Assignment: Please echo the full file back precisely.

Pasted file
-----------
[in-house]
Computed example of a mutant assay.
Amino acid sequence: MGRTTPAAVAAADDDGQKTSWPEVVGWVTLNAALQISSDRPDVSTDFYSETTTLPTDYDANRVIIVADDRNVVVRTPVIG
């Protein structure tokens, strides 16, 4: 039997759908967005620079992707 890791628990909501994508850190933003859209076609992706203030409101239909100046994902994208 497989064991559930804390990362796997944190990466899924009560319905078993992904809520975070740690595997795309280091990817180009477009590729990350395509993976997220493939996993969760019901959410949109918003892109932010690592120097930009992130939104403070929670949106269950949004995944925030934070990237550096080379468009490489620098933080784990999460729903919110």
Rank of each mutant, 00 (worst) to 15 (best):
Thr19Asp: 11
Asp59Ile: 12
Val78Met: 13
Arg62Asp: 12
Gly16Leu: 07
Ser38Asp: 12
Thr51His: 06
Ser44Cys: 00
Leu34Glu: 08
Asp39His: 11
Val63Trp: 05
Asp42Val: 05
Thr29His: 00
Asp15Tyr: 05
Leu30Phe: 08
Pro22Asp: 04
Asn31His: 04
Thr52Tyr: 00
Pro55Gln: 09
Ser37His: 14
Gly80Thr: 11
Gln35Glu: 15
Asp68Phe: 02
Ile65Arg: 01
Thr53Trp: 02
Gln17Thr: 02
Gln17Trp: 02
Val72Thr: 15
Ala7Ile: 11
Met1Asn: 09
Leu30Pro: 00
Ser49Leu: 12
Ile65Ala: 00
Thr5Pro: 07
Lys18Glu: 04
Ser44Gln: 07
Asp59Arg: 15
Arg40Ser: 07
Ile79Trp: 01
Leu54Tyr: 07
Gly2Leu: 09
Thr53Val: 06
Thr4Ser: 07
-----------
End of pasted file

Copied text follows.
[in-house]
Computed example of a mutant assay.
Amino acid sequence: MGRTTPAAVAAADDDGQKTSWPEVVGWVTLNAALQISSDRPDVSTDFYSETTTLPTDYDANRVIIVADDRNVVVRTPVIG
């Protein structure tokens, strides 16, 4: 039997759908967005620079992707 890791628990909501994508850190933003859209076609992706203030409101239909100046994902994208 497989064991559930804390990362796997944190990466899924009560319905078993992904809520975070740690595997795309280091990817180009477009590729990350395509993976997220493939996993969760019901959410949109918003892109932010690592120097930009992130939104403070929670949106269950949004995944925030934070990237550096080379468009490489620098933080784990999460729903919110």
Rank of each mutant, 00 (worst) to 15 (best):
Thr19Asp: 11
Asp59Ile: 12
Val78Met: 13
Arg62Asp: 12
Gly16Leu: 07
Ser38Asp: 12
Thr51His: 06
Ser44Cys: 00
Leu34Glu: 08
Asp39His: 11
Val63Trp: 05
Asp42Val: 05
Thr29His: 00
Asp15Tyr: 05
Leu30Phe: 08
Pro22Asp: 04
Asn31His: 04
Thr52Tyr: 00
Pro55Gln: 09
Ser37His: 14
Gly80Thr: 11
Gln35Glu: 15
Asp68Phe: 02
Ile65Arg: 01
Thr53Trp: 02
Gln17Thr: 02
Gln17Trp: 02
Val72Thr: 15
Ala7Ile: 11
Met1Asn: 09
Leu30Pro: 00
Ser49Leu: 12
Ile65Ala: 00
Thr5Pro: 07
Lys18Glu: 04
Ser44Gln: 07
Asp59Arg: 15
Arg40Ser: 07
Ile79Trp: 01
Leu54Tyr: 07
Gly2Leu: 09
Thr53Val: 06
Thr4Ser: 07